Eliot’s praise of Middleton seems to highlight a singular quality in his work: realism, particularly as it applies to human nature. “Middleton is solicitous to please his audience with what they expect;” he admits, “but there is underneath the same steady impersonal passionless observation of human nature” (Eliot 145). Eliot perceives in Middleton’s work an insightful exploration into the quality of humans to inevitably act with human imperfection, to give into their desires.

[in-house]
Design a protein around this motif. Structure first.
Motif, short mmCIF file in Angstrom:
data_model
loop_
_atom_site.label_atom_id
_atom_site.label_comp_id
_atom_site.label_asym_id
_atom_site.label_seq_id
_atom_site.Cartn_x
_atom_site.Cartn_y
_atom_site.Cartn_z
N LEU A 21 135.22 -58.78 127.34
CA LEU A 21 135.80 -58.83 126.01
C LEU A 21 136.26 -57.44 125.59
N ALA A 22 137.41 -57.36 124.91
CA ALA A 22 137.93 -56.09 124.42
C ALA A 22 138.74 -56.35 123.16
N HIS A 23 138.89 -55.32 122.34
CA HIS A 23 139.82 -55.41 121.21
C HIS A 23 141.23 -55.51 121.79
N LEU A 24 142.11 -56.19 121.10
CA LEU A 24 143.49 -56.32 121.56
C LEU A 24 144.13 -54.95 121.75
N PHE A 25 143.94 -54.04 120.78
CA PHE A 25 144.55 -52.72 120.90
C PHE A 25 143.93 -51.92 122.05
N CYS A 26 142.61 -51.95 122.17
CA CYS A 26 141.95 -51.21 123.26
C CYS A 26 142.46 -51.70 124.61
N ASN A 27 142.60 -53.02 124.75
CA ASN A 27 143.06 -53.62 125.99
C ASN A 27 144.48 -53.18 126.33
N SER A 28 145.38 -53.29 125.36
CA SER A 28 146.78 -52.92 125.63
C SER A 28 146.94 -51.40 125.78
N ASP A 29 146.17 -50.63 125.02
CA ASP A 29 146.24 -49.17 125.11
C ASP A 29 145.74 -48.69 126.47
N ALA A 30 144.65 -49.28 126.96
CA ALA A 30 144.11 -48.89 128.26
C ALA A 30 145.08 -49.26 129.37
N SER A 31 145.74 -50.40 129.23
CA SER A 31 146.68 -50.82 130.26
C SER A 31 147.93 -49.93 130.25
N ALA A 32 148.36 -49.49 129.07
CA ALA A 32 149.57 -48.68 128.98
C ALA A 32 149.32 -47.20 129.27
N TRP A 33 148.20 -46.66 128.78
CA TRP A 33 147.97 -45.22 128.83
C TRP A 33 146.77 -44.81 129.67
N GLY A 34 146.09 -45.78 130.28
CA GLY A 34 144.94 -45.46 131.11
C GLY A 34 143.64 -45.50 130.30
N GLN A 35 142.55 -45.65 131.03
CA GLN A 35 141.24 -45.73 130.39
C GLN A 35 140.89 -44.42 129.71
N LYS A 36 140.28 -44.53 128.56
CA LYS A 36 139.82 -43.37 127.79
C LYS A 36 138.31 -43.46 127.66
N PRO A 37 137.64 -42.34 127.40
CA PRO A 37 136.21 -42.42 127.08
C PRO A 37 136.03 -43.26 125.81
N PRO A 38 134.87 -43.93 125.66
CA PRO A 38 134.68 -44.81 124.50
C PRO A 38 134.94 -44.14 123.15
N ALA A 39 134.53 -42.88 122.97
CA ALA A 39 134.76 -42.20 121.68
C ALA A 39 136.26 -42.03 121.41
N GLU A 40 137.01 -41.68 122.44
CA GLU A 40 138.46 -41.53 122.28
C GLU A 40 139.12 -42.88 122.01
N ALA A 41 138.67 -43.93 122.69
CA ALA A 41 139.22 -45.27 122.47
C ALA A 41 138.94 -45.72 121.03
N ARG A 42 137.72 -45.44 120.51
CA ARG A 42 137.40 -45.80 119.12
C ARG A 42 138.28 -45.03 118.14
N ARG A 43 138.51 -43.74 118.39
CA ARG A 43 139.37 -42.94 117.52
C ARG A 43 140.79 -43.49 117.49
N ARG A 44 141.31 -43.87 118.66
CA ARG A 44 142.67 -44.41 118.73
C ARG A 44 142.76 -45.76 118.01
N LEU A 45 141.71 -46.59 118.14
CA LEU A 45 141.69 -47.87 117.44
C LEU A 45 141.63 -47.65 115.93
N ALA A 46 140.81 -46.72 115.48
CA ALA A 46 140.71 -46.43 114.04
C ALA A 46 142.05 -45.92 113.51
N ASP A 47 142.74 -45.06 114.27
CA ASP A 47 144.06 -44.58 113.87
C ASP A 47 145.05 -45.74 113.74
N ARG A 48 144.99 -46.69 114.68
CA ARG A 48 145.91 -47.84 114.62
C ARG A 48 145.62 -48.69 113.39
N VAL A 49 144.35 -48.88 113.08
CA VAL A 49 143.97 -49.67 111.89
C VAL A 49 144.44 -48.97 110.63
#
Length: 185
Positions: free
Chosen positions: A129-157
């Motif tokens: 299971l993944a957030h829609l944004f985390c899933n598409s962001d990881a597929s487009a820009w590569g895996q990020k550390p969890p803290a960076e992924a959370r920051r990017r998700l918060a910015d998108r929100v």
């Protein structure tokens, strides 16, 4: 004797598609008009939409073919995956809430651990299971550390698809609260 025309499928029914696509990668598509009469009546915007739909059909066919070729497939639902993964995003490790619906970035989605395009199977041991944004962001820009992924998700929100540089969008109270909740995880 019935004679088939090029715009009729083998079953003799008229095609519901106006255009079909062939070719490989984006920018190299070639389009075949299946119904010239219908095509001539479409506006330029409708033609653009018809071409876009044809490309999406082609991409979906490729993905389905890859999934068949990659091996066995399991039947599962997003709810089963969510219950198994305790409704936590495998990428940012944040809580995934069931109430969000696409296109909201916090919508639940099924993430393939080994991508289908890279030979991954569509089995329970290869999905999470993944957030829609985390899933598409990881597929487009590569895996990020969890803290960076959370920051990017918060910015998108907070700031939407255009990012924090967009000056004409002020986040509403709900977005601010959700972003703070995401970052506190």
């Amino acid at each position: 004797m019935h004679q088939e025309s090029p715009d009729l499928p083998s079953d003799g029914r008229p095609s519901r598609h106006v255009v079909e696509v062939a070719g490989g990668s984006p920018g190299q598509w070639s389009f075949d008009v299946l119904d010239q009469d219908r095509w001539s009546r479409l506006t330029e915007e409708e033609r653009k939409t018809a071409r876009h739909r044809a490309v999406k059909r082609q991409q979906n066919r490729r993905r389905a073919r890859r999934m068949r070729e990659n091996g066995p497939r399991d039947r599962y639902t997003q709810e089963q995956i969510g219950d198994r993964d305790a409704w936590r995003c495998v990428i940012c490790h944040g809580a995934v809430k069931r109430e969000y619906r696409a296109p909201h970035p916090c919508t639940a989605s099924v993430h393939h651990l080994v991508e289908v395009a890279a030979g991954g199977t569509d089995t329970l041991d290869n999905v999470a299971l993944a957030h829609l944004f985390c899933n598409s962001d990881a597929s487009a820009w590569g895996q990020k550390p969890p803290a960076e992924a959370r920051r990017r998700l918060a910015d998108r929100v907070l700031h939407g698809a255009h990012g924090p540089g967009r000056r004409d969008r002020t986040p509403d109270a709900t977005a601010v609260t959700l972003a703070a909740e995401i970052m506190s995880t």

Eliot most clearly channels this in Part 2 of The Waste Land, when he attempts to write real-sounding dialogue between two sexually competing women. Titled “A Game of Chess,” it alludes to Middleton’s Women Beware Women, a play where a woman who married beneath her gives into the seductions of a Duke. This reflects the action of Part 2 of The Waste Land: a woman named Lil has a husband who is returning from the war, but a competitor does not believe her appearance is worthy of him. “He’s been in the army four years, he wants a good time, // And if you don’t give it him, there’s others will, I said” (Eliot 148-9). Eliot here shows what he believes is the natural tendency for humans to stick to what they perceive as their own milieu. Even if it takes usurpation, like the Duke with Bianca. This belief about humans is part of the natural order to him, what he perceives as real. By using the title “A Game of Chess” for Part 2 of the poem, he channels this aspect of human nature he believes is so present in Middleton’s Women Beware Women.